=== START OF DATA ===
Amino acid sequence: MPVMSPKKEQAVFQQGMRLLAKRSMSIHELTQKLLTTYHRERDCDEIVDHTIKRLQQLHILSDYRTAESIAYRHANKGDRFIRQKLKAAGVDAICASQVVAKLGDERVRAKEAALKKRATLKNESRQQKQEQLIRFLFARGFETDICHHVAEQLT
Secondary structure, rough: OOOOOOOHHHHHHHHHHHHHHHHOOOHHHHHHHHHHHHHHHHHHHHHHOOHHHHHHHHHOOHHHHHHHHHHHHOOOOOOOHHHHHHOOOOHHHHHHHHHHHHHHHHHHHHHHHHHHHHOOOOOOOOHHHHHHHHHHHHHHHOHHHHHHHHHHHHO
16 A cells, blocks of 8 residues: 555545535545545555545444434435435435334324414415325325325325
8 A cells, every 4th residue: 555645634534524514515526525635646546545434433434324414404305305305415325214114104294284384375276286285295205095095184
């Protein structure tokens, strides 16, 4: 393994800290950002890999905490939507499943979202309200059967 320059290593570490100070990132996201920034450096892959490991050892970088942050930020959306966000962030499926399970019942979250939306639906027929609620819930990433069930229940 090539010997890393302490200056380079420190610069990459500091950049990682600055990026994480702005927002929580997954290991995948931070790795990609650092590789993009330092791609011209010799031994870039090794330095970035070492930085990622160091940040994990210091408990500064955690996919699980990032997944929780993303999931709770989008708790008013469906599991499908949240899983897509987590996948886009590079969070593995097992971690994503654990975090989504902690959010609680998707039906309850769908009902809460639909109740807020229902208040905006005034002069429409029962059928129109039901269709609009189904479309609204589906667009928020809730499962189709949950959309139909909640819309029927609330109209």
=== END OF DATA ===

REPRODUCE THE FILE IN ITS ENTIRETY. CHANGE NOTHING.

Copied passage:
Amino acid sequence: MPVMSPKKEQAVFQQGMRLLAKRSMSIHELTQKLLTTYHRERDCDEIVDHTIKRLQQLHILSDYRTAESIAYRHANKGDRFIRQKLKAAGVDAICASQVVAKLGDERVRAKEAALKKRATLKNESRQQKQEQLIRFLFARGFETDICHHVAEQLT
Secondary structure, rough: OOOOOOOHHHHHHHHHHHHHHHHOOOHHHHHHHHHHHHHHHHHHHHHHOOHHHHHHHHHOOHHHHHHHHHHHHOOOOOOOHHHHHHOOOOHHHHHHHHHHHHHHHHHHHHHHHHHHHHOOOOOOOOHHHHHHHHHHHHHHHOHHHHHHHHHHHHO
16 A cells, blocks of 8 residues: 555545535545545555545444434435435435334324414415325325325325
8 A cells, every 4th residue: 555645634534524514515526525635646546545434433434324414404305305305415325214114104294284384375276286285295205095095184
């Protein structure tokens, strides 16, 4: 393994800290950002890999905490939507499943979202309200059967 320059290593570490100070990132996201920034450096892959490991050892970088942050930020959306966000962030499926399970019942979250939306639906027929609620819930990433069930229940 090539010997890393302490200056380079420190610069990459500091950049990682600055990026994480702005927002929580997954290991995948931070790795990609650092590789993009330092791609011209010799031994870039090794330095970035070492930085990622160091940040994990210091408990500064955690996919699980990032997944929780993303999931709770989008708790008013469906599991499908949240899983897509987590996948886009590079969070593995097992971690994503654990975090989504902690959010609680998707039906309850769908009902809460639909109740807020229902208040905006005034002069429409029962059928129109039901269709609009189904479309609204589906667009928020809730499962189709949950959309139909909640819309029927609330109209």